The legal battle between poker pro Phil Ivey and Atlantic City’s Borgata Hotel & Casino continues to take place and get a lot of social media attention. The casino filed suit against Ivey stating that he used edge sorting and card counting to gain an unfair advantage and win $9.6 million playing mini-baccarat back in 2012.

The casino alleged that since Ivey and his partner Cheng Yin Sun manipulated the process, they should not be eligible to claim the $9.6 million. Ivey decided to file a counter-suit stating that the Borgata casino encouraged him and his partner to play and destroyed evidence when they got rid of the cards in question. Ivey also stated that the casino used a strategy of cocktail waitresses and alcohol to distract him and Yin Sun so that they would end up losing to the house.

The poker pro denies cheating and says that he won because he was able to use his skills and his attention to detail to beat the house. Ivey used the same card counting strategy at Crockfords Club, a London casino and won over $12 million. The casino filed a lawsuit alleging that Ivey cheated and a UK court found the poker pro guilty and ruled that the casino was not required to pay out his ‘winnings’.  The Borgata hopes that it can get a similar ruling in its favour and recently moved the court to dismiss Ivey’s counter-suit.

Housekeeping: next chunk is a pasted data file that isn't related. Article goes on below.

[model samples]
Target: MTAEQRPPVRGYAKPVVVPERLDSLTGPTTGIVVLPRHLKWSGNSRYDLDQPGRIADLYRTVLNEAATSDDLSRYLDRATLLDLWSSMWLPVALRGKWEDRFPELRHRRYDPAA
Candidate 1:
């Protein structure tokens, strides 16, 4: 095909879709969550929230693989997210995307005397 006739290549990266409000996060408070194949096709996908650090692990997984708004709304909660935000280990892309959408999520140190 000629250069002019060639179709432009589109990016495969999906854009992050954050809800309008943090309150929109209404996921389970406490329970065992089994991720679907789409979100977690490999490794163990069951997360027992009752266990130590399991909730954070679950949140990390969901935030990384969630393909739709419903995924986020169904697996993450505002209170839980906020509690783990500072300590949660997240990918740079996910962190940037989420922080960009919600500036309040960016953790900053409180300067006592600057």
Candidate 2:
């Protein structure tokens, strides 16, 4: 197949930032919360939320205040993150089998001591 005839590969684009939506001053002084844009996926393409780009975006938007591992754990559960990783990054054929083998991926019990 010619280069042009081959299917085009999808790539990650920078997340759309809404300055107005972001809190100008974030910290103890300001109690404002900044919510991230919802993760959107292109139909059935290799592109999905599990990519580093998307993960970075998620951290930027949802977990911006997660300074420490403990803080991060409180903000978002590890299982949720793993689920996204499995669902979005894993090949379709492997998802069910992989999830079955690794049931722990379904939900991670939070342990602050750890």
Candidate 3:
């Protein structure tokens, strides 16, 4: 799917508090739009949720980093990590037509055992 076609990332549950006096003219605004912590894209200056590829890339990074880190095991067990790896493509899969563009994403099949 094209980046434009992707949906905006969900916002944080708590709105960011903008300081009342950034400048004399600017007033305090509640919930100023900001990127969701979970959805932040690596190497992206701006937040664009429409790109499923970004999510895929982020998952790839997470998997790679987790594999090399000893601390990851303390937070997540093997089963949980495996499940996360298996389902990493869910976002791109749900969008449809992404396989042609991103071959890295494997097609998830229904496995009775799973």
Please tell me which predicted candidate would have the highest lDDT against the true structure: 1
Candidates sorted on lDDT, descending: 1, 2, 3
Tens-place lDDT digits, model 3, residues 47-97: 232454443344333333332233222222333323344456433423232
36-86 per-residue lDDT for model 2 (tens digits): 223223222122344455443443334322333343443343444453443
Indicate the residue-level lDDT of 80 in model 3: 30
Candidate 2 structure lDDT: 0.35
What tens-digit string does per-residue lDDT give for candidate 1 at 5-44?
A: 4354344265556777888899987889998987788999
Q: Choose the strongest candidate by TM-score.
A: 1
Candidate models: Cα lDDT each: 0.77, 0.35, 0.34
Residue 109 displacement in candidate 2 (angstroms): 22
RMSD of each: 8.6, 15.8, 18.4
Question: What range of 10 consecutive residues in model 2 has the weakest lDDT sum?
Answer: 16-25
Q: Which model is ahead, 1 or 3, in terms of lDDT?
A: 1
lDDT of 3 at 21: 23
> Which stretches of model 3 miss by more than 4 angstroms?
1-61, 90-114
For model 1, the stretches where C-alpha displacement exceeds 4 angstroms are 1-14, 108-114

The casino stated in its filling that “The facts of this case are undisputed that Mr. Ivey and Ms. Sun set out to deceive Borgata with their sophisticated scheme and they were successful in doing so. This issue is, and has always been a simple one: is edge sorting, as specifically admitted to and practiced by Mr. Ivey and Ms. Sun, cheating or unfair play? There is no defense that changes the underlying nature of defendants’ edge sorting scheme. It is either permitted or not, lawful or unlawful, and that is the question before this court.”

The casino also addressed Ivey’s claims of using alcohol and cocktail waitresses to distract them by stating that Ivey’s counterclaims were being used to distract the court from the real issue which came down to the poker pro resorting to card counting to gain an unfair advantage.

 

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